Tuesday, June 18, 2013

Hidden Art Book Club: Chapter 9

Writing - Prose and Poetry

Well-known in family circles for saying the wrong thing, I purposefully made my blog public.

By keeping an online diary I was hoping that a *fishbowl-type moleskin* would help me think before speaking.

Edith Schaeffer addresses these very issues as she encourages us homemakers not to forsake writing.

It is important for people to communicate their thoughts, feelings, gratitude and expectations in such a way as to build a bridge over the *break* which is true and meaningful, rather than leave a misty gap of unsure hurts and undefined emotions.

Chapter 9 contains a plethora of examples for exercising the written word:  developing human relationships through communication.

She uses letter writing as a spring board and I heartily endorse this starting point.  Usually it is easy to write to a child, parent or friend.  I have even written a letter to myself.

For further inspiration, I highlight Alexandra Stoddard's The Gift of a Letter and Dorie McCullough Lawson's Posterity:  Letters of Great Americans to Their Children.

There is no reason for apology here.

Just do it.

PS  With my own children  I required that they write thank-you notes, even to direct family members who may have been thanked at the time the gift was opened.

  Here's an example of one of my thank-you notes to my parents.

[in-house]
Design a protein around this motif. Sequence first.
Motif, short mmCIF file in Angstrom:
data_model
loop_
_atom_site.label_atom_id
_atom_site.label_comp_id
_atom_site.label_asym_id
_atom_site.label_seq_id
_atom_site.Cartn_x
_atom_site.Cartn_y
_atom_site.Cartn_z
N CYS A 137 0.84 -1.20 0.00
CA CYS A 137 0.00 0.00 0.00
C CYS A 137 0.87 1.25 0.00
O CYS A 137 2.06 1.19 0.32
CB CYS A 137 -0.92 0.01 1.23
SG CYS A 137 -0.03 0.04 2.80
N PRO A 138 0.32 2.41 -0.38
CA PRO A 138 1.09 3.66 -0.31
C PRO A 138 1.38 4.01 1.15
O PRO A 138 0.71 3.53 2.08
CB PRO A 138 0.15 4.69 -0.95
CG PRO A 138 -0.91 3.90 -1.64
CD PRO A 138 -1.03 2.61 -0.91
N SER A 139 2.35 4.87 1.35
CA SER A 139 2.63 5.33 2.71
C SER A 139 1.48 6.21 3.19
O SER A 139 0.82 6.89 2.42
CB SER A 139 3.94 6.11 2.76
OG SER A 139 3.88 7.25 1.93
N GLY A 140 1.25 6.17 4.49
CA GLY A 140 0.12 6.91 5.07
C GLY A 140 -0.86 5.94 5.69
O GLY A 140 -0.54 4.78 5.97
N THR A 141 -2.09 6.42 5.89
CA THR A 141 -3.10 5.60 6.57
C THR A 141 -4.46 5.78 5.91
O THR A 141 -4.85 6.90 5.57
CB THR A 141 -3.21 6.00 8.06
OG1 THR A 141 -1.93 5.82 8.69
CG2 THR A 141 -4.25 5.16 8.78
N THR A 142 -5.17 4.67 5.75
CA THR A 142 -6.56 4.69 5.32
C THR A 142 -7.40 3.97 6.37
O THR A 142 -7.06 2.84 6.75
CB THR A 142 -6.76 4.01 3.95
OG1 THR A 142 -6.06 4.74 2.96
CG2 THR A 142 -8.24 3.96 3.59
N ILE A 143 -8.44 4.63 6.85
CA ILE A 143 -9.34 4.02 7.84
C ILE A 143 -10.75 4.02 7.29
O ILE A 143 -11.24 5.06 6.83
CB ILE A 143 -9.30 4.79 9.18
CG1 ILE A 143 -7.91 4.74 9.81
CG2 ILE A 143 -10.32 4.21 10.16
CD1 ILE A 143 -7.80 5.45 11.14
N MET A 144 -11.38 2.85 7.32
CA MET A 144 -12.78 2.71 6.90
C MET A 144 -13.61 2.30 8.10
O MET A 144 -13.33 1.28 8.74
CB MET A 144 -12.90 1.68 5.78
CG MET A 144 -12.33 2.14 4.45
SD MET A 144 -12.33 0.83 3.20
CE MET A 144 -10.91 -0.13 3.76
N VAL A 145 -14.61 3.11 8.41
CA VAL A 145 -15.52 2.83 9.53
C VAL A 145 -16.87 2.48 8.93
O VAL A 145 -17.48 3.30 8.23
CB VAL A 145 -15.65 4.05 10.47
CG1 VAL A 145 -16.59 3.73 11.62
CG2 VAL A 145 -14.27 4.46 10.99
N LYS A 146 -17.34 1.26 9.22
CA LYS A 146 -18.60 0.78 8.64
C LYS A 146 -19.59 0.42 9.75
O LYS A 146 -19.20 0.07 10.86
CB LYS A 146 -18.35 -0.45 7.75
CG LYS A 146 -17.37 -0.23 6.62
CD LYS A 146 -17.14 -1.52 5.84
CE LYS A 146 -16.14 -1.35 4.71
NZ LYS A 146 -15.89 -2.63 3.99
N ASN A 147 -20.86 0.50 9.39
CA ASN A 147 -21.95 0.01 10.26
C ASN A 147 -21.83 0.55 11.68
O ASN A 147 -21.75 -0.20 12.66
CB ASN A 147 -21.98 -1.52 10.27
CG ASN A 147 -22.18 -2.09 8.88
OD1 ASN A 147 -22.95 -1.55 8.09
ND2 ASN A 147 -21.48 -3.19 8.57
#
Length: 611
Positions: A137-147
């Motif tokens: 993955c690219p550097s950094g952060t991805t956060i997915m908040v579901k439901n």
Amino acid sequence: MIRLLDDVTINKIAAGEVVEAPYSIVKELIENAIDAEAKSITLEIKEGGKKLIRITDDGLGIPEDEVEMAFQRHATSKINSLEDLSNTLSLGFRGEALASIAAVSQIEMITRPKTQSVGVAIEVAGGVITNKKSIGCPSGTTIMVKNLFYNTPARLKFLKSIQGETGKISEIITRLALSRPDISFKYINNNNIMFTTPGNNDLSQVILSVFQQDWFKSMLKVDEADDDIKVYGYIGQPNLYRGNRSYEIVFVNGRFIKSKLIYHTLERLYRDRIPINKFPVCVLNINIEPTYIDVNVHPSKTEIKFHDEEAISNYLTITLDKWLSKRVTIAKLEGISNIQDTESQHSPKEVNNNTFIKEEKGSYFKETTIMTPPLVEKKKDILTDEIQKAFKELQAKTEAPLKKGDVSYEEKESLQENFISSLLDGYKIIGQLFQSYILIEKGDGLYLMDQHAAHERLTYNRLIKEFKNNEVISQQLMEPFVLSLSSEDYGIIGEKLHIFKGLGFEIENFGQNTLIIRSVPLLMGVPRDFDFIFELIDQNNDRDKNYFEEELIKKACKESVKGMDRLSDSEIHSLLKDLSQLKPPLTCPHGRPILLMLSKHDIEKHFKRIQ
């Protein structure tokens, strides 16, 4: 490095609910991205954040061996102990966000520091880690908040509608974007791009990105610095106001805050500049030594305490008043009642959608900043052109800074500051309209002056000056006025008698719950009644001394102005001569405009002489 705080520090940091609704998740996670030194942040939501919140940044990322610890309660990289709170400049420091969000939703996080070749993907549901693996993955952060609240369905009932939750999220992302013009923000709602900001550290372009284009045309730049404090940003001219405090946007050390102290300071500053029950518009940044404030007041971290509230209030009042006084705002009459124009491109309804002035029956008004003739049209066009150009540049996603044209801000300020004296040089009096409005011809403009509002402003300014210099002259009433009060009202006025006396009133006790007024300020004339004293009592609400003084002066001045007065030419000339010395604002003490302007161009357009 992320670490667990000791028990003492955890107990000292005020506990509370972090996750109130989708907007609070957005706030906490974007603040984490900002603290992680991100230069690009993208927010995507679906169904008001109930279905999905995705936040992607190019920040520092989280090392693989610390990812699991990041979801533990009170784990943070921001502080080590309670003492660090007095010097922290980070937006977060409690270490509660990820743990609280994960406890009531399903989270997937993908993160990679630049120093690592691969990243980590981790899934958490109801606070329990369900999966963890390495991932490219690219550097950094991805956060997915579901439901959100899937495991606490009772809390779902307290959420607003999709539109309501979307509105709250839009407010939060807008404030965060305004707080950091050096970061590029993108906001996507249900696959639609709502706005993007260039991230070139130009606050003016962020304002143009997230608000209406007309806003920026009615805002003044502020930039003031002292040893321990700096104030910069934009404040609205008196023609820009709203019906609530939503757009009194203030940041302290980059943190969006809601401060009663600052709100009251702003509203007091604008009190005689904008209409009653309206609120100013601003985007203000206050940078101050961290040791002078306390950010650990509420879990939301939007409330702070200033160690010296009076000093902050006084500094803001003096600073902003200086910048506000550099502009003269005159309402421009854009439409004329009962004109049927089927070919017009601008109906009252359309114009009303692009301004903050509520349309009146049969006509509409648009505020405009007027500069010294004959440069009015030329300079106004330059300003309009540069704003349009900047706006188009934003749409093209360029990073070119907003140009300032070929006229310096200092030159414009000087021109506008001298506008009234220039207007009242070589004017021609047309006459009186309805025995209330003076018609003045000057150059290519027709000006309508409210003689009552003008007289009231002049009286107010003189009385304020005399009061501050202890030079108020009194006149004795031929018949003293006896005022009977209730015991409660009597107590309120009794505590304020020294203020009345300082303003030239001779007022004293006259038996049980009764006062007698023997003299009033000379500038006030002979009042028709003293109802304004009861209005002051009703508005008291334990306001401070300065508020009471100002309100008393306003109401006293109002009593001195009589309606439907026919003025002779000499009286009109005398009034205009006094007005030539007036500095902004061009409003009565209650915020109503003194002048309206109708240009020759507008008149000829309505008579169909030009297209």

Here's a link to one of my sister's creative thank-yous.

Another link to my thoughts on thank-yous.


  1. My mom also drilled into me the necessity of thank-you notes, and I've tried to pass that on to my kids. It's so important and shows such appreciation.

    I'm not a letter-writer myself. I do an awesome thank-you note b/c I've been on the receiving end of gifts for so many years. (Sigh.) I do love the *idea* of a letter-writing life and culture, but I don't take the time to do it. I love how women used to set aside an afternoon or two, or an hour each day, just for letter writing!

    1. Letter writing/receiving is sadly on the wane. But I still enjoy the idea of making someone's day with a little piece of first class mail.

  2. I admire your diligence in teaching your children the fine art of thank you notes. It's one of the things I was determined to carry out with my own children, pre-motherhood. Now that I'm in the throes of raising my brood, I'm not nearly as idealistic about what I'm actually capable of seeing through to completion. Sigh.

    1. We were not perfect in our application, but I treasure the notes I have from our girls.

  3. Dana,
    I had to laugh about your reason for blogging. Has it worked? I try to be diligent with the children's thank-you notes but sometimes I am not.

    1. Glad to have given you a chuckle ~

      FWIW - I still have trouble *holding my tongue*

  4. Just do it - very good advice!
    Writing notes is a weakness. But it's such a good practice, and easy one in which to engage the children. I still have young ones I can help learn the habit.
    I'd like to begin writing to my grandchildren. Another something I'd like to do this summer.

    1. I write best in the mornings ~ and one current project is to revisit my earlier posts and perhaps create memory books of them.

  5. A thank-you note is a wonderful way to learn expression and practical writing. It is a win-win!

  6. Judith Viorst's Poem

    Thank-you Note

    I wanted small pierced earrings (gold).
    You gave me slippers (gray).
    My mother said that she would scold
    Unless I wrote to say
    How much I liked them.

    Not much.

  7. I love that quote you highlighted - somehow I had skimmed right over that one.

    Letters are treasures in this electronic age.

    I'm running late with this chapter due to out of town company, but didn't want to miss it.